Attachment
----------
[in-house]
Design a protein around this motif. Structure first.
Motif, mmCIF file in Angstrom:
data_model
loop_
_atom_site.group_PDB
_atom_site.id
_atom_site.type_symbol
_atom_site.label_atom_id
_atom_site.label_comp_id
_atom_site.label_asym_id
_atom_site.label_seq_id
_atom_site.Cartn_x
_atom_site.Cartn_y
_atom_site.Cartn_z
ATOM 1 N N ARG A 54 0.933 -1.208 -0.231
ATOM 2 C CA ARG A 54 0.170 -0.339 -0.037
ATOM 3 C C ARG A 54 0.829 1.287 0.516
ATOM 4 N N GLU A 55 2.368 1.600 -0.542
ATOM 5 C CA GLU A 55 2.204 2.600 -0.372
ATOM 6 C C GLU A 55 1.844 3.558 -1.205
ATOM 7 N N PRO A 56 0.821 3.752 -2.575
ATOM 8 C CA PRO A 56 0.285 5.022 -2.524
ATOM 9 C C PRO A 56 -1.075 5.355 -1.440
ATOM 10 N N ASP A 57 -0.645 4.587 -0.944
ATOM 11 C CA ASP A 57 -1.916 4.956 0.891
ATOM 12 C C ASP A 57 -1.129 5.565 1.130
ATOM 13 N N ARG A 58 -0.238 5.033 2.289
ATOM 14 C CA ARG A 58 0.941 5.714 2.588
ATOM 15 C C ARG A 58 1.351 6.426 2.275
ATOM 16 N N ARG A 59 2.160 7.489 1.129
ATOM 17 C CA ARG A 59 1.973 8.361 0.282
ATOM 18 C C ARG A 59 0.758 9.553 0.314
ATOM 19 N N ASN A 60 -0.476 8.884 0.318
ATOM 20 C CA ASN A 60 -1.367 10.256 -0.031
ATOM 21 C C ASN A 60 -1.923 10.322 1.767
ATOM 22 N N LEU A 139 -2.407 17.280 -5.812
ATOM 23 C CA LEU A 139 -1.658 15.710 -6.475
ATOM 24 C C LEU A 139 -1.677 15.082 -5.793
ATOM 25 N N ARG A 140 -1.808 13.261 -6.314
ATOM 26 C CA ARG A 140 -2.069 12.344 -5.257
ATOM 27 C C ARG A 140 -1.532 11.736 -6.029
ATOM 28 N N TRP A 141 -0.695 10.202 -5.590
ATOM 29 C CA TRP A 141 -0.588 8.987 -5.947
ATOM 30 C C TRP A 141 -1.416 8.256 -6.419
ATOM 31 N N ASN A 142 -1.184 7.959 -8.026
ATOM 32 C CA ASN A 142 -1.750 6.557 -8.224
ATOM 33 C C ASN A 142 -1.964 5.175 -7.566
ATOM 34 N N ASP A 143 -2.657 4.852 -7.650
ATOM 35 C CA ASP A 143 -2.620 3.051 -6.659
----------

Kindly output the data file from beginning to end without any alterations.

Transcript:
[in-house]
Design a protein around this motif. Structure first.
Motif, mmCIF file in Angstrom:
data_model
loop_
_atom_site.group_PDB
_atom_site.id
_atom_site.type_symbol
_atom_site.label_atom_id
_atom_site.label_comp_id
_atom_site.label_asym_id
_atom_site.label_seq_id
_atom_site.Cartn_x
_atom_site.Cartn_y
_atom_site.Cartn_z
ATOM 1 N N ARG A 54 0.933 -1.208 -0.231
ATOM 2 C CA ARG A 54 0.170 -0.339 -0.037
ATOM 3 C C ARG A 54 0.829 1.287 0.516
ATOM 4 N N GLU A 55 2.368 1.600 -0.542
ATOM 5 C CA GLU A 55 2.204 2.600 -0.372
ATOM 6 C C GLU A 55 1.844 3.558 -1.205
ATOM 7 N N PRO A 56 0.821 3.752 -2.575
ATOM 8 C CA PRO A 56 0.285 5.022 -2.524
ATOM 9 C C PRO A 56 -1.075 5.355 -1.440
ATOM 10 N N ASP A 57 -0.645 4.587 -0.944
ATOM 11 C CA ASP A 57 -1.916 4.956 0.891
ATOM 12 C C ASP A 57 -1.129 5.565 1.130
ATOM 13 N N ARG A 58 -0.238 5.033 2.289
ATOM 14 C CA ARG A 58 0.941 5.714 2.588
ATOM 15 C C ARG A 58 1.351 6.426 2.275
ATOM 16 N N ARG A 59 2.160 7.489 1.129
ATOM 17 C CA ARG A 59 1.973 8.361 0.282
ATOM 18 C C ARG A 59 0.758 9.553 0.314
ATOM 19 N N ASN A 60 -0.476 8.884 0.318
ATOM 20 C CA ASN A 60 -1.367 10.256 -0.031
ATOM 21 C C ASN A 60 -1.923 10.322 1.767
ATOM 22 N N LEU A 139 -2.407 17.280 -5.812
ATOM 23 C CA LEU A 139 -1.658 15.710 -6.475
ATOM 24 C C LEU A 139 -1.677 15.082 -5.793
ATOM 25 N N ARG A 140 -1.808 13.261 -6.314
ATOM 26 C CA ARG A 140 -2.069 12.344 -5.257
ATOM 27 C C ARG A 140 -1.532 11.736 -6.029
ATOM 28 N N TRP A 141 -0.695 10.202 -5.590
ATOM 29 C CA TRP A 141 -0.588 8.987 -5.947
ATOM 30 C C TRP A 141 -1.416 8.256 -6.419
ATOM 31 N N ASN A 142 -1.184 7.959 -8.026
ATOM 32 C CA ASN A 142 -1.750 6.557 -8.224
ATOM 33 C C ASN A 142 -1.964 5.175 -7.566
ATOM 34 N N ASP A 143 -2.657 4.852 -7.650
ATOM 35 C CA ASP A 143 -2.620 3.051 -6.659